The latest little nugget from Pierre LeBrun on TSN highlighted the silliness of the 2019 NHL trade deadline and quickly spawned several NHL trade rumors. LeBrun reported the Pittsburgh Penguins are targeting Carolina Hurricanes power forward Michael Ferland and could send Derick Brassard to Carolina as an asset for Carolina to flip.
Seems absolutely crazy, doesn’t it?
Though Columbus Blue Jackets GM Jarmo Kekalainen should be on the phone to Carolina Hurricanes Don Waddell immediately to be that third team.
Yes, the trade season is in full silliness mode, but this year the glut of talent has added an entirely new dimension. Teams can target players but have solid backup plans if the price is wrong.
And so Pittsburgh Hockey Now looked back through the last two years of trades to ascertain values for several Pittsburgh Penguins who could get that call from GM Jim Rutherford. Of course, predicting values in this flooded market comes with some peril and a few asterisks. Today, we’ll begin with Jamie Oleksiak. Tomorrow Derick Brassard.
Oleksiak is a hulking defenseman capable of top-four minutes, painful hits, a bit of offense from the right or left side and an affordable contract control at $2.1 million for two years beyond this season. It’s only the Penguins abundance of defensemen which makes him available.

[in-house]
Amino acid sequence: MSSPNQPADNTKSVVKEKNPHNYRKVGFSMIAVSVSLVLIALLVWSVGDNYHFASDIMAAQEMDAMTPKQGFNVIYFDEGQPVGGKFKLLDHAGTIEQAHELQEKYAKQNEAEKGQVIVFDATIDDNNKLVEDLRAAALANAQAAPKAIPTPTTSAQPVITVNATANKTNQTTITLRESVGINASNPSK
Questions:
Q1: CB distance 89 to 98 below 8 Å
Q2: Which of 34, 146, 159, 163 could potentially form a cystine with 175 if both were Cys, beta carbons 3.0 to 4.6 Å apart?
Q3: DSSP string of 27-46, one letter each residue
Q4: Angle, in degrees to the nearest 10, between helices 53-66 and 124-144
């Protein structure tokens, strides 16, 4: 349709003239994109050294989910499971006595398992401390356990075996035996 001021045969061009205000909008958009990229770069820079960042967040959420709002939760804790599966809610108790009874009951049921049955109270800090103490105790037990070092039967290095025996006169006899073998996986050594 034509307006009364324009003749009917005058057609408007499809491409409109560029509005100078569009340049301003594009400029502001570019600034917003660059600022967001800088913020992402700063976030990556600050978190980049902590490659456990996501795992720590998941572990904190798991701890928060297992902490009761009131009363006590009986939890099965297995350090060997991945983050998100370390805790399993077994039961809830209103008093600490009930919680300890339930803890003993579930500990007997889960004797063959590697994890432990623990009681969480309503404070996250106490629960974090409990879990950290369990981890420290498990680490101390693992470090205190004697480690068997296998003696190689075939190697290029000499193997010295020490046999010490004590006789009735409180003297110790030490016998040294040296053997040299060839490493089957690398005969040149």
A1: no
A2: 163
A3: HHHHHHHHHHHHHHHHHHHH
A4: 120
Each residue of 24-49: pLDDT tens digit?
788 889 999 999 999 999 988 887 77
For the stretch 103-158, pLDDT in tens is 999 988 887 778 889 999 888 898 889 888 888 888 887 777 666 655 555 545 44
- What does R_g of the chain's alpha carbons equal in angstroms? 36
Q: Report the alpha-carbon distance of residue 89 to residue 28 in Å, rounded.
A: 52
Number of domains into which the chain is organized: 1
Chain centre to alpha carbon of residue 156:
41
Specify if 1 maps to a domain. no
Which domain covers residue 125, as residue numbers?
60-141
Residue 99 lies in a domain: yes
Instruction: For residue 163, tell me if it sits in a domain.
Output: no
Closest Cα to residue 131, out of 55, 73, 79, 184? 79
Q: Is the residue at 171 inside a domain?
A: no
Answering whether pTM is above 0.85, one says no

Over the past two seasons, there has not been a comparable defenseman dealt. There have been pending UFAs like Michael Kempny, who was not as well thought of then with Chicago as he is now with Washington. Ian Cole was dealt twice last season, but the trade which focused on Cole was from Ottawa to Columbus.
Like Kempny, Cole was also a pending UFA. And both brought a third-round pick in return. The New York Islanders acquired Brandon Davidson, 27, from the Edmonton Oilers for–drum roll please–a third rounder.
Only Cole would have been genuinely comparable to Oleksiak but the rental status lowered the return.
In 2016, the Penguins set the market by acquiring Ron Hainsey from the Carolina Hurricanes for a second-round pick. Comparable to Oleksiak, Arizona dealt Michael Stone to Calgary for…a third-round pick. But again Stone was a pending UFA.
In short, teams don’t often deal defensemen. Certainly not ones under control and ones who aren’t struggling. Oleksiak’s control could elevate his price to a second rounder, or a middle line winger; a marginal second line talent but capable third-liner type.
And since Peter Chiarelli is no longer the Edmonton Oilers, getting Ryan Nugent-Hopkins for Oleksiak no longer seems to be even a one-in-a-thousand shot.
The Penguins may well opt to take the second-round pick and the $2.1 million cap space which could free them up to be more aggressive with other moves, such as Derick Brassard.
Also plausible is the packaging of Brassard with a defenseman. Brassard’s ridiculously low cap hit–$3 million–thanks to Vegas GM George McPhee picking up $2 million to keep Brassard away from Winnipeg allows the Penguins to package Brassard without breaking another team’s cap structure.
Interestingly enough, the Winnipeg Jets are known to be shopping for a second line center and a left-handed defenseman. Winnipeg certainly values size. Winnipeg is the tallest and fifth heaviest team in the league. If the plane doesn’t burn the most fuel in the league, then the battles for the extra leg-room seats must be intense.
The Penguins overstocked the shelves but are not without options. And from the growing number of sources and whispers, Oleksiak is a prime candidate to be the odd-man out to alleviate the numbers, but based on recent history it may be “numbers” in the form of draft picks which come back to the Penguins.